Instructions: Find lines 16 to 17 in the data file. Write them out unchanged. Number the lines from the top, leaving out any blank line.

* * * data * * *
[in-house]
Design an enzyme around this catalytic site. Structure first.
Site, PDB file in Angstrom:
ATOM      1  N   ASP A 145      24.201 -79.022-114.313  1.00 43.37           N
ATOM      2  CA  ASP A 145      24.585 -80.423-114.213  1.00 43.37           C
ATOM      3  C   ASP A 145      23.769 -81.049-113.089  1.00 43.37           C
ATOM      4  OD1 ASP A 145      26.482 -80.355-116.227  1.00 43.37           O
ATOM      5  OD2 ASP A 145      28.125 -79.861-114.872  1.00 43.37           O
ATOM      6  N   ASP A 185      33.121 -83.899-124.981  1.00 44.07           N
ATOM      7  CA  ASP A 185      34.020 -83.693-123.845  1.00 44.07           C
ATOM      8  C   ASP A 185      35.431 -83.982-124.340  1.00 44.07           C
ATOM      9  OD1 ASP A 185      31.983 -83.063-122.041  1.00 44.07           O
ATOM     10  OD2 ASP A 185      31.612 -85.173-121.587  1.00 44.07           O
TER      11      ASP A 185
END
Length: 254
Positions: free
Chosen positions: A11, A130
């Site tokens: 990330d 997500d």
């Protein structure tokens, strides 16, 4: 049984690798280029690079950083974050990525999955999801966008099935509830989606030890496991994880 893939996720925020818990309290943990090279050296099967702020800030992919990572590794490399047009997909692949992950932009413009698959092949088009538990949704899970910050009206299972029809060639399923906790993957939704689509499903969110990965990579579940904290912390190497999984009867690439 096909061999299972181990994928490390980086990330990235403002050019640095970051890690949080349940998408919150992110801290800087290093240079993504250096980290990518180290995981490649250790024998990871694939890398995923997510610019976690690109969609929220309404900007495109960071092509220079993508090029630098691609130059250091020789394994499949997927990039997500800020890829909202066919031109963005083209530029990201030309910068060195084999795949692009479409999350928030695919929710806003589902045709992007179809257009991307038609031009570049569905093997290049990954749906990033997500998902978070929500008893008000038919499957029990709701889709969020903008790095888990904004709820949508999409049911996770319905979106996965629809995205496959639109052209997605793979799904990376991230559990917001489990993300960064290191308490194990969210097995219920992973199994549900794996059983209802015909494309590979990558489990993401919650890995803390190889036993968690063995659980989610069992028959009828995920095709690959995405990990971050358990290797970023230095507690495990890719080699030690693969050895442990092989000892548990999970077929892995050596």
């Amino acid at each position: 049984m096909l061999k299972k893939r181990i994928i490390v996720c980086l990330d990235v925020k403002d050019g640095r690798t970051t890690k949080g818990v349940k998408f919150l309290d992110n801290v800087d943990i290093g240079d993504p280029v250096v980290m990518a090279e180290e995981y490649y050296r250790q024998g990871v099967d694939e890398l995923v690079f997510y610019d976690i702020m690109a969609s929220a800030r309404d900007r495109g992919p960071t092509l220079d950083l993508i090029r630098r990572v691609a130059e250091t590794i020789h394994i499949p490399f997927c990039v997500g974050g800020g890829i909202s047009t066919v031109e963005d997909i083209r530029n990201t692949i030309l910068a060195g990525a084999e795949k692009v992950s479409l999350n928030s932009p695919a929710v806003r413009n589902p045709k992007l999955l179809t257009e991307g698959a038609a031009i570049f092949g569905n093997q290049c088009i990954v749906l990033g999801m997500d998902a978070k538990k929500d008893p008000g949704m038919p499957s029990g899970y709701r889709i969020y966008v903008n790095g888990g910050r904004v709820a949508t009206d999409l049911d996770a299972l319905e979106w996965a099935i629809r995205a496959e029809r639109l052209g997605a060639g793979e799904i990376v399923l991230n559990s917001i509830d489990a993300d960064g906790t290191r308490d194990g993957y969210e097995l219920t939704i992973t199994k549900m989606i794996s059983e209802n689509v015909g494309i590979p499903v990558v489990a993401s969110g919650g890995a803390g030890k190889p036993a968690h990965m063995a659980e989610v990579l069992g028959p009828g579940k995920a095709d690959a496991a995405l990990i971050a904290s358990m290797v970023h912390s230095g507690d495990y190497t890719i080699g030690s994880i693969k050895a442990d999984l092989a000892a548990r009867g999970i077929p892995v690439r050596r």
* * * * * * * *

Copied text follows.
Length: 254
Positions: free